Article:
The Wedding Series – The Formal Invitation – Part 2

 

 “Nothing annoys people so much as not receiving invitations.”
― Oscar WildeThe Importance of Being Earnest

The size and shape of the formal wedding invitation is a rectangular portrait orientation, 5 1/2 X 71/2 inches. The folded variety opens like a book and is printed only on the front, with the inside blank. A very nice alternative, however, is the flat card, which I favor. Although a heavy card stock of white or cream is used, it’s generally less expensive to make and mail. (Check last week’s entry for information regarding wording and printing of the invitation and reply card.)

If you wish to observe tradition strictly you may include a sheet of tissue paper, but it’s not necessary. The original purpose of the tissue was to prevent smudging of the print, which is no longer a concern with modern printing techniques. By all means go ahead with the tissue if it suits your fancy and you wish to add a touch of mystery and romance. But if you’d rather save money and go green by reducing the amount of paper product you use, eliminate it.

Once you’ve nailed down all these details and ordered your invitations, it’s time to turn to the addressing of the envelopes.

Addressing the Outer and Inner Envelopes

The accepted etiquette for addressing formal wedding invitation envelopes, which should in white or cream to match the invitations, is to write them in an elegant hand. This can be done efficiently by asking a few close relatives, friends or members of your wedding party who have lovely handwriting to help you address them and dividing the envelopes among your volunteers. So, if you have 100 invitations to send, finding four helpers plus yourself will reduce the burden to only 20 envelopes each — easy! The hard part is tactfully and gently finding those with the required handwriting skills. You don’t want to ask someone and then reject them because their handwriting is either non-existent or not up to par.

Another option is calligraphy; as mentioned in last week’s entry it was often used to for formal wedding invitations and envelopes in the days before metal-plate engraving was invented. The practice has been carried over to modern times and if you want to go all out and produce the most elegant of addressed wedding invitation envelopes you could hire a calligrapher through your invitation stationer or elsewhere. If you have a friend, relative or member of your wedding party who knows calligraphy you could ask him or her to address the envelopes; however, as this is quite labor intensive — especially if your guest list is long and if you are using inner envelopes as well — there will be even more writing to do. Understand that this is a lot to ask and if you find one or more people who are willing to do this work you will be unbelievably fortunate, and you should reward them in kind, perhaps by picking up their hotel or travel costs, wedding party apparel or some other kind and thoughtful gesture.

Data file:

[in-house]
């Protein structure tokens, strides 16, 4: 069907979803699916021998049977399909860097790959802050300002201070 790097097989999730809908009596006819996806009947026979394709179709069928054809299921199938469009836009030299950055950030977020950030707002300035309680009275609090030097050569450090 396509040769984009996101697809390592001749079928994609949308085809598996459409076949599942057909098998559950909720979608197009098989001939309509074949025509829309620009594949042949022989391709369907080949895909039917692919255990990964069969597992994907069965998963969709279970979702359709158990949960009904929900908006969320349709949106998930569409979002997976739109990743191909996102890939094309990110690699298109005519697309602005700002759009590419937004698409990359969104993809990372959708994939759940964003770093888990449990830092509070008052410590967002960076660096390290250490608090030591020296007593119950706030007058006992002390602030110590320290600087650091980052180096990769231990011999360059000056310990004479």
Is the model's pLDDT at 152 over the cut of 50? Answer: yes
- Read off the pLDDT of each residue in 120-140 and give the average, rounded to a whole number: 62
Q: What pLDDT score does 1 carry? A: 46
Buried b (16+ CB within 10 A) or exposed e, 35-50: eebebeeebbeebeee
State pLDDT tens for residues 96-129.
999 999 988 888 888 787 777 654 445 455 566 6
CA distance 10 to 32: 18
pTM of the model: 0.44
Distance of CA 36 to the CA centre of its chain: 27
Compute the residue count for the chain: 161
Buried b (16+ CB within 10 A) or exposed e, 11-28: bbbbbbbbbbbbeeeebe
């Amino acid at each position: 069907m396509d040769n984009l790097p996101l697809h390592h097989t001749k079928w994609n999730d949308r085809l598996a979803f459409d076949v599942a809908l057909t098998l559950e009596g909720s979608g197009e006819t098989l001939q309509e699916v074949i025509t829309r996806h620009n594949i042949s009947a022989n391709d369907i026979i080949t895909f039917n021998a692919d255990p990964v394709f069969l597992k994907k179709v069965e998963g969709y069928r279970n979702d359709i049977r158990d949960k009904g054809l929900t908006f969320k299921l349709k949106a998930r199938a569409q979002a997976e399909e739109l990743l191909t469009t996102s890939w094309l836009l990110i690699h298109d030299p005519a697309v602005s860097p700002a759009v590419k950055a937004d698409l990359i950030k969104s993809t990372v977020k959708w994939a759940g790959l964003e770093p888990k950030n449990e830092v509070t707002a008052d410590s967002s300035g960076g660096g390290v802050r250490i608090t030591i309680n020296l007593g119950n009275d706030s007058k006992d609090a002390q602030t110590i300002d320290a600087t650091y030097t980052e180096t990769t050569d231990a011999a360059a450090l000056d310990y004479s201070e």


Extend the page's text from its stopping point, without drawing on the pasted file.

As a last resort only your stationer should be able to help you select a printed typeface that matches your invitations’ typeface to ensure the elegance and personal touch a wedding invitation should convey. Just be sure the typeface for either the invitations or envelopes is not so artsy that it is unreadable. Whichever method you choose, the ink should be black.

The one thing you should never do is use printed labels; not only are they impersonal but they are beneath the formal wedding invitation’s style and character. After all the care, time and expense you’ve gone through to produce an elegant traditional masterpiece don’t ruin it by slapping labels on the envelopes!

The formal invitation usually is first inserted into an inner unsealed envelope that contains only the guest’s or guests’ name(s), and then into a second, outer, envelope that contains both name(s) and address and is stamped with the appropriate amount of postage for the size and bulk of the invitation, and then mailed.